Are young people in Michigan taking the coronavirus pandemic as seriously as they should? A coalition of Michigan businesses says they aren’t. So the coalition launched a $5 million ad campaign that aims to get 18- to 29-year-olds to fully understand their role in spreading the virus.
Starting today the ads will run on billboards, TV, radio and social media featuring a round red cartoon character named Rona to symbolize the virus itself. While it’s hard to find the exact origin for the name, it’s what many people in the 18-29 age bracket called the virus in the early days of the pandemic.
The ads will feature regular people going to the bar, spending time at the beach, and even using motorized scooters with the Rona character being attached to someone. The goal is to show how easily the virus can spread.
This campaign is supported by large Michigan companies including DTE Energy, Meijer, Spectrum Health and TCF Bank.
Gerry Anderson, executive chairman of DTE Energy, says the campaign is all about fighting the pandemic fatigue that people are dealing with in Michigan and elsewhere.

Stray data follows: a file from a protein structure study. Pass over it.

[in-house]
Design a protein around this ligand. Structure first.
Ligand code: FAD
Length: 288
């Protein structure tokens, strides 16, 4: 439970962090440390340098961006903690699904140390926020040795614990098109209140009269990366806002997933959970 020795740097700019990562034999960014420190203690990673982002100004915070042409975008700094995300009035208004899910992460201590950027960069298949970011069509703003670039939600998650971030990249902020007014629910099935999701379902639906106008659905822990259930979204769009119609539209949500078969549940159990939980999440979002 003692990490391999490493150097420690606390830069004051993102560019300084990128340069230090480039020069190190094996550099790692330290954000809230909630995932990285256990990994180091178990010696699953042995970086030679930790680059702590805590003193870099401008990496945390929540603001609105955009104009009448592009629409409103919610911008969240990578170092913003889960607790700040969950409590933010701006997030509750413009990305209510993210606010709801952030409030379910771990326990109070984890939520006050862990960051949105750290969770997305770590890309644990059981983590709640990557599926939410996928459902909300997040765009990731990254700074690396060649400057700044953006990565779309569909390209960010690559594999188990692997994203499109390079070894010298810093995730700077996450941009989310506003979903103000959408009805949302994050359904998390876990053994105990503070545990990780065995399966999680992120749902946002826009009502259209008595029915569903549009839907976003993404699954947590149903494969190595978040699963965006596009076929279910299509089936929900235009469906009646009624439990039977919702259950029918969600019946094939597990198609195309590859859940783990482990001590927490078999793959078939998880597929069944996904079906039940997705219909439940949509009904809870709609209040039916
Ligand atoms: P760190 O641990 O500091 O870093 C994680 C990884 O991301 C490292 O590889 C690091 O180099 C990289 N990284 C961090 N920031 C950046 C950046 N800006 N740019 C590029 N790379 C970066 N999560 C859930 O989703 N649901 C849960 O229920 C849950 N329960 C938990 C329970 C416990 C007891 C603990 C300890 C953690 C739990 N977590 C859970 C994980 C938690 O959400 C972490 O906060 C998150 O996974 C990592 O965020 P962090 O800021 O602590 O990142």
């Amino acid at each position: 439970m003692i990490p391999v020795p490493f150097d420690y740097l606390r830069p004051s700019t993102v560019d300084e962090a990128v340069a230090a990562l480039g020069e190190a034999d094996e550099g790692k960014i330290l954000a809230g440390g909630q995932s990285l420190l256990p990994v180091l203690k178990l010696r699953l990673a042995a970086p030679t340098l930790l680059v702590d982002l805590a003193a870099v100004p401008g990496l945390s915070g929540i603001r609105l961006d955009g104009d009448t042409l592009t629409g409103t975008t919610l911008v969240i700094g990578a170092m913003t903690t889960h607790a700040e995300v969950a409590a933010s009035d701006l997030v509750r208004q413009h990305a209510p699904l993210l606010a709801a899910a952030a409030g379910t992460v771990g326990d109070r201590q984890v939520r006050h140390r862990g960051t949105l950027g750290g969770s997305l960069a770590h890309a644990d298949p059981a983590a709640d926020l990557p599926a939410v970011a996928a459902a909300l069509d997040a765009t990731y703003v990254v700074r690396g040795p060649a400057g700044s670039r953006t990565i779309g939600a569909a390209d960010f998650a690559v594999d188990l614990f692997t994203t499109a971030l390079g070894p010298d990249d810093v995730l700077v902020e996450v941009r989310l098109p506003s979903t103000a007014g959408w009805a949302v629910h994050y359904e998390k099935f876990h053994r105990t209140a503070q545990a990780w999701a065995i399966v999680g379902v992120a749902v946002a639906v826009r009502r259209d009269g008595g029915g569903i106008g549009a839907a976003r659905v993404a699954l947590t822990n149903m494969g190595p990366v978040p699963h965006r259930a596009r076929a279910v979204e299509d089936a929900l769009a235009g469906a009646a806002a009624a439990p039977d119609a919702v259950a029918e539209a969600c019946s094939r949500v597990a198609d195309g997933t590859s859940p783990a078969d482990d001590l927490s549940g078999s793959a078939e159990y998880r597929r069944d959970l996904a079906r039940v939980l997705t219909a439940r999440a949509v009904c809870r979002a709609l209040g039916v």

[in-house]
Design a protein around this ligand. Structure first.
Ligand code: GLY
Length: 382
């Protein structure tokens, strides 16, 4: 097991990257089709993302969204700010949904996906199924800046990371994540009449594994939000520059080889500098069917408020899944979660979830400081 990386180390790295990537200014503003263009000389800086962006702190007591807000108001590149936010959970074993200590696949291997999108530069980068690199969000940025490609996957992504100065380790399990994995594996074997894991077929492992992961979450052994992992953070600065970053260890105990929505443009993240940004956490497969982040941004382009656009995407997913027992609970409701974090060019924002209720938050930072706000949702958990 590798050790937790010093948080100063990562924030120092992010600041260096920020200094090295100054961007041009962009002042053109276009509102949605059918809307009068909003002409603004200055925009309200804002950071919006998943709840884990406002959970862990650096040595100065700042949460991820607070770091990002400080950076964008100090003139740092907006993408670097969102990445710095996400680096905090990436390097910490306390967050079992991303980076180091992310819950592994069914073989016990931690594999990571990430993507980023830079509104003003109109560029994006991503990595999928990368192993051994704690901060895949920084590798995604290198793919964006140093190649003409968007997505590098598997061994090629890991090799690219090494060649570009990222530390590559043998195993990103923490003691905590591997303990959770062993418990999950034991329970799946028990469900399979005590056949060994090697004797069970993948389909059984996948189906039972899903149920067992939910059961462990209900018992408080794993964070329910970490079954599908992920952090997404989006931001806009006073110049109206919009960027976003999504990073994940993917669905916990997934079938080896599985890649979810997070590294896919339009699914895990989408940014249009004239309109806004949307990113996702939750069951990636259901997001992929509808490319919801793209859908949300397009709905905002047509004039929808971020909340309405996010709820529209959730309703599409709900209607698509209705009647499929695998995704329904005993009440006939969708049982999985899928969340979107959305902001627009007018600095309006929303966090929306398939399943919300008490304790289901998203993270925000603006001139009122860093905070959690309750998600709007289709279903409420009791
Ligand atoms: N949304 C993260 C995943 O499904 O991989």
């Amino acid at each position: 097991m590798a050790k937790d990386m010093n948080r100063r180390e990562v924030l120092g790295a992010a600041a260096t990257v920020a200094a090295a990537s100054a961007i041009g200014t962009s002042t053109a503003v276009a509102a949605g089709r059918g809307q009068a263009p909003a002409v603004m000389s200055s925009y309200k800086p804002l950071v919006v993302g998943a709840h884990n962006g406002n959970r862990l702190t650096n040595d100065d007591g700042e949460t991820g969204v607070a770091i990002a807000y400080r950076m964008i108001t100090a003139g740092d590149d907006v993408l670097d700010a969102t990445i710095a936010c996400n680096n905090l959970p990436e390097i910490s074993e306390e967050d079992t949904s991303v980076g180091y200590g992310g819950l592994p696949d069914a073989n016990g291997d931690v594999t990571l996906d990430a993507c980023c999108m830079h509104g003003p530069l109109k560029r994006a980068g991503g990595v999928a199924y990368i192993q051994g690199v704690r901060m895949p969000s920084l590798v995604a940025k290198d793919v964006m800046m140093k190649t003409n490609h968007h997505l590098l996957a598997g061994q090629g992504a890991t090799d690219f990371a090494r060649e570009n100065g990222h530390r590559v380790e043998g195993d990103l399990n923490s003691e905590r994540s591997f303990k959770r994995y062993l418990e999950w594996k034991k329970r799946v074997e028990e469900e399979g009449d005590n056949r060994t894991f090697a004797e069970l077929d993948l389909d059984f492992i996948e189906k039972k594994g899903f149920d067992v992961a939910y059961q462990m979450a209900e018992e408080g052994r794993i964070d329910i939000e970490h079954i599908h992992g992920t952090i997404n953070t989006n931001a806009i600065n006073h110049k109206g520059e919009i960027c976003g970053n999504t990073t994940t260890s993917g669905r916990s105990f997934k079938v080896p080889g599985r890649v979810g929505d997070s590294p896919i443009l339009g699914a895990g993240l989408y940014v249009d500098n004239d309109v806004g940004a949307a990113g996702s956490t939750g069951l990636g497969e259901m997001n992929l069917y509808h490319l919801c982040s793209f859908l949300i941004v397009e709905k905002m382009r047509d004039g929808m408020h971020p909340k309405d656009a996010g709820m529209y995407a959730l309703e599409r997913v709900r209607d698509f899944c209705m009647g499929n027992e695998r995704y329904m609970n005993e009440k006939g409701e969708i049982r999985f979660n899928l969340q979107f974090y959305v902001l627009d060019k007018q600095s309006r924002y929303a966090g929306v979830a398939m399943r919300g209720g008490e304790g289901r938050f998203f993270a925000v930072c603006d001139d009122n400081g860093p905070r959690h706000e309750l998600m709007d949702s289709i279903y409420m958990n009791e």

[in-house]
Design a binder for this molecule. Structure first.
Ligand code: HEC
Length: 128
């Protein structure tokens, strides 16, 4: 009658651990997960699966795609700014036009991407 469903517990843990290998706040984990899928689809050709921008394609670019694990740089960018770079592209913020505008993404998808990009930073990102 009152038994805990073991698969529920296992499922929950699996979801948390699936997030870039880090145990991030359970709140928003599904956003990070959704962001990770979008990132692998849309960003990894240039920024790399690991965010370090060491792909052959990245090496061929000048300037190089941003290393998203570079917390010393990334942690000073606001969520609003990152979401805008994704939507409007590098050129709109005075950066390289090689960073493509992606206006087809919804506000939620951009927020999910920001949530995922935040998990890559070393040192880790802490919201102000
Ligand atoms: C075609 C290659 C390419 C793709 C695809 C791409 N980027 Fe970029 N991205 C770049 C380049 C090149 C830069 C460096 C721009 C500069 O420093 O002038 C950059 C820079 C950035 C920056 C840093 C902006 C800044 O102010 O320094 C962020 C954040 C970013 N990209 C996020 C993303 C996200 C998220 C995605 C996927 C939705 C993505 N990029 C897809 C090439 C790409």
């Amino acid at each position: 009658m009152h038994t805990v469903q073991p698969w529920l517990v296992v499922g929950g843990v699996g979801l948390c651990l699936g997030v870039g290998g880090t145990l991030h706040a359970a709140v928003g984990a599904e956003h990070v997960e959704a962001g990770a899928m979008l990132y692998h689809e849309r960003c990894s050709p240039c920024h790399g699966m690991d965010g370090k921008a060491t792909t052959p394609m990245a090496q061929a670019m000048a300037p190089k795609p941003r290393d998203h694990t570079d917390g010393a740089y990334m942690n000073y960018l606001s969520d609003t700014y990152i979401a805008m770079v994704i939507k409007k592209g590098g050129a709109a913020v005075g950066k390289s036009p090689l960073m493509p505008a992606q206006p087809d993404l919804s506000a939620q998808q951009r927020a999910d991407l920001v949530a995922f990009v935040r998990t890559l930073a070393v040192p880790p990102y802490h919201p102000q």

“We’re all tired of this pandemic, but we need to realize that the coronavirus is real and really dangerous – and is still damaging our health and well-being and our economy,” Anderson said.
Anderson believes that young people are the ones most likely to spread the disease, despite the fact that they aren’t considered as vulnerable a population as older people. He says young people’s desire to see their friends and family is part of the problem.
“We don’t want to tell young people they can’t be social and can’t go about living their life, we just want them to be safer when they do,” he said.
BLVD Content is a Detroit-based company that created the ads and the design for the Rona character. Fran Westbrooks, managing partner and president of BLVD Content, says it was important to get ads featuring Black and Brown people because the virus has disproportionately affected those communities.
Michigan saw the first confirmed cases of the virus in March, and since then, Black people have made up about 37 percent of all coronavirus related deaths in the state but are only 14 percent of the state’s population. In April, Black people comprised more than 40 percent of the state’s coronavirus deaths.
This disparity has been widely reported on and it exists because of long-standing social inequities in access to quality health care, access to affordable healthy food, and access to clean drinking water.
Anderson says the campaign will “evolve” as the coalition sees what sticks with the intended audience and what doesn’t.